HC Deb 25 May 1820 vol 1 cc536-9
Lord Archibald Hamilton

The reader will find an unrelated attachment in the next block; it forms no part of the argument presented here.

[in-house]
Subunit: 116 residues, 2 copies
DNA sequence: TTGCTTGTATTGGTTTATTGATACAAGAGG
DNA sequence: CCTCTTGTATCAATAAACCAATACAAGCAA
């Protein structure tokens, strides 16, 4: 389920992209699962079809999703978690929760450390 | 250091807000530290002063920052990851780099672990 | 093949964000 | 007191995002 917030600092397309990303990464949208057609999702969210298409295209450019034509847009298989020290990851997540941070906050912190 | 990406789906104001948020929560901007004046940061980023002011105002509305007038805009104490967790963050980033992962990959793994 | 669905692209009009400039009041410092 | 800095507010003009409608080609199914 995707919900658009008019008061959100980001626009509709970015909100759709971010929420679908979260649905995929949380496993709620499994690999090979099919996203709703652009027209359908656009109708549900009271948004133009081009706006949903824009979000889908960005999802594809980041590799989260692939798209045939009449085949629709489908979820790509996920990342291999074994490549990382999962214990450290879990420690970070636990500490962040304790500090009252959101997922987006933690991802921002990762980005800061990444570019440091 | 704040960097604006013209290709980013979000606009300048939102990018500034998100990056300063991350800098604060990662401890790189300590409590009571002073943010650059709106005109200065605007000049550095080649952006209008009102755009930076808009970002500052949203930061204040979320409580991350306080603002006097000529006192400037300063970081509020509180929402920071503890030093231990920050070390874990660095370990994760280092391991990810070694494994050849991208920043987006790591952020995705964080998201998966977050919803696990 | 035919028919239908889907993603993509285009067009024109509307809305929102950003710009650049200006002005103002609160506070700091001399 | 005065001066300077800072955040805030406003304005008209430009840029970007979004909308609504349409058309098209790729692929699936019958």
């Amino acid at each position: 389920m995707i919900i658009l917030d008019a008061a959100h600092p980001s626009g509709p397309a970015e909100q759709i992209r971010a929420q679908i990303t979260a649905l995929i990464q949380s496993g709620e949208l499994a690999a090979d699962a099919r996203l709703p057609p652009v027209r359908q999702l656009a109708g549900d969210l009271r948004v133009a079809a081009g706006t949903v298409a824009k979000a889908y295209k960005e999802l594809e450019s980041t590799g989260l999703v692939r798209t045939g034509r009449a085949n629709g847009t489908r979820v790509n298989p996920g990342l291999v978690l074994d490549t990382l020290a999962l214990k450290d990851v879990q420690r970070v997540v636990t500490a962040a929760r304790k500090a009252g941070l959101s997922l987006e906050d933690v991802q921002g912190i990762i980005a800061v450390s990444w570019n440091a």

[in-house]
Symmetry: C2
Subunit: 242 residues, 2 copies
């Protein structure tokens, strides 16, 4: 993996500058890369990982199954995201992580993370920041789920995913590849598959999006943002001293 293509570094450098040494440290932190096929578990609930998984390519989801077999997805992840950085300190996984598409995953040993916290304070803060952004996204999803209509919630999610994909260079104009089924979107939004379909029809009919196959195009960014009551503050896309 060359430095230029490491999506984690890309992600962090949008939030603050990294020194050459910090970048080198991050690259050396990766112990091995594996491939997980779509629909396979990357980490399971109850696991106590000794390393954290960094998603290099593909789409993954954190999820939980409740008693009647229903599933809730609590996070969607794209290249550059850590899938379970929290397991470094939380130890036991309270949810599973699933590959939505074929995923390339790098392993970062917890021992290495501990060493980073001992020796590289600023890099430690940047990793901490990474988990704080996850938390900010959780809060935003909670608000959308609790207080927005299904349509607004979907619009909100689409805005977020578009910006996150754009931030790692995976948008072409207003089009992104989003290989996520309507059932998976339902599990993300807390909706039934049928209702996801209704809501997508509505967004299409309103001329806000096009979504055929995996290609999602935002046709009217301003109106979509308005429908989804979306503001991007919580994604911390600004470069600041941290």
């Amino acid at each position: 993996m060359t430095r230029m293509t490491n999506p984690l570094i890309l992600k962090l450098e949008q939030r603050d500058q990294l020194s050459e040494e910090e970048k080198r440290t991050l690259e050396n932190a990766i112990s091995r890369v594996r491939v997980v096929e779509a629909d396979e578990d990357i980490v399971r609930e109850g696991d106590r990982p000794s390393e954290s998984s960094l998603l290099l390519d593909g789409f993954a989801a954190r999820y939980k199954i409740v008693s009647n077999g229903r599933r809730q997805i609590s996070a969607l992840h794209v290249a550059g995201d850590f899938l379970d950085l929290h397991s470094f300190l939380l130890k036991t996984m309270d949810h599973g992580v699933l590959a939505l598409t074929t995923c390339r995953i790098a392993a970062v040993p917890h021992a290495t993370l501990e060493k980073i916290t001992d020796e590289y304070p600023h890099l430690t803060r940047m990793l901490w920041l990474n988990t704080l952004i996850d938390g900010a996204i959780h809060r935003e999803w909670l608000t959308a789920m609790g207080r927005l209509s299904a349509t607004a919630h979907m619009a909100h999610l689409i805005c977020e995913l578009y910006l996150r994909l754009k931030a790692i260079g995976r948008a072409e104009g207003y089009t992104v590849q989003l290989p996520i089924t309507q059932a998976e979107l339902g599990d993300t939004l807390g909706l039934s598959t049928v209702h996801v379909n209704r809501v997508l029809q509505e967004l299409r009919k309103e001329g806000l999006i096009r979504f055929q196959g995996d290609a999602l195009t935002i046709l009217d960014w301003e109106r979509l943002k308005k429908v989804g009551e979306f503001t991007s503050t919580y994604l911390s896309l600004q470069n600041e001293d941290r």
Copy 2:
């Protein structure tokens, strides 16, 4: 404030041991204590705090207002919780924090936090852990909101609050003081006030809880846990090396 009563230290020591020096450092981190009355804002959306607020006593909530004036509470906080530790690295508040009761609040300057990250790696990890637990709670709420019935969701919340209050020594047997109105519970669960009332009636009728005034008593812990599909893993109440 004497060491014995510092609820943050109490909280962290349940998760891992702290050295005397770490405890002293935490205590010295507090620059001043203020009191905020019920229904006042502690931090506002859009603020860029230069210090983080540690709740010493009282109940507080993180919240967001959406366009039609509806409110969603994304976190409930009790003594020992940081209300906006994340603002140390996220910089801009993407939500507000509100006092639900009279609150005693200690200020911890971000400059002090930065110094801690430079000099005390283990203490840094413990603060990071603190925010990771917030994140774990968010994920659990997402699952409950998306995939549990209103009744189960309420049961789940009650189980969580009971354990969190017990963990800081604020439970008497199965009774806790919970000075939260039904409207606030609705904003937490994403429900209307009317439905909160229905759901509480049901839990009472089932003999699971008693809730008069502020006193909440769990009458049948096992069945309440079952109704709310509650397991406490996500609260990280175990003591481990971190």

rose in pursuance of the motion of which he had given notice. As he understood that no opposition was to be made to it, he should content himself with stating the nature of the document for which he intended to move, and the reason which induced him to move for its production. The document which he wished to be laid before the House was a document containing the number of persons entitled to vote for counties in Scotland: it was annually made up, and therefore could be obtained without the slightest difficulty. The object for which he wanted it was to afford assistance to himself and to the House in the discussion of a question which he was inclined, from a sense of duty, to submit without delay to their most serious consideration. He believed that it was not generally known in the House on what the right of voting for county members rested in Scotland; and he therefore wished that those honourable members, who were unacquainted with the qualifications of Scotch voters should receive the best possible information upon the subject. They would then find, that these qualifications did not at all depend upon property, and that it was possible for the whole representation of Scotland to be in the hands of those who did not possess an inch of land in the country, whilst the whole landed property of the country might be in the hands of those who had not a single vote. This was a system which ought never to have been allowed to exist; and which, as it did exist, ought not to be allowed to continue. Such, at least, was his opinion, and he was happy to say that a large portion of the inhabitants of Scotland concurred with him in it. The paper for which he moved was of little use in itself; but of great use as regarded his ulterior object. As he had already alluded to the defects of the Scottish representation, he might be permitted to add, that the courts of law had, in some instances which had come under their notice, acknowledged the existence of them in their decisions. He knew not how any remedy could be applied to them without introducing into the system a fresh principle of representation. He did not intend, when he introduced such principle, to move for the abolition of an}' of the feudal rights at present existing in Scotland; on the contrary, he would now state, that in any proposition which he might hereafter bring forward, it was not his intention to disturb any existing vote. He would continue their votes to those who now had them, but would grant the right of voting to those who now had it not, though possessed of considerable property. He would now move, "That there be laid before the House a copy of the roll of freeholders of every county in Scotland, as last made up, and certified by the sheriff-clerk."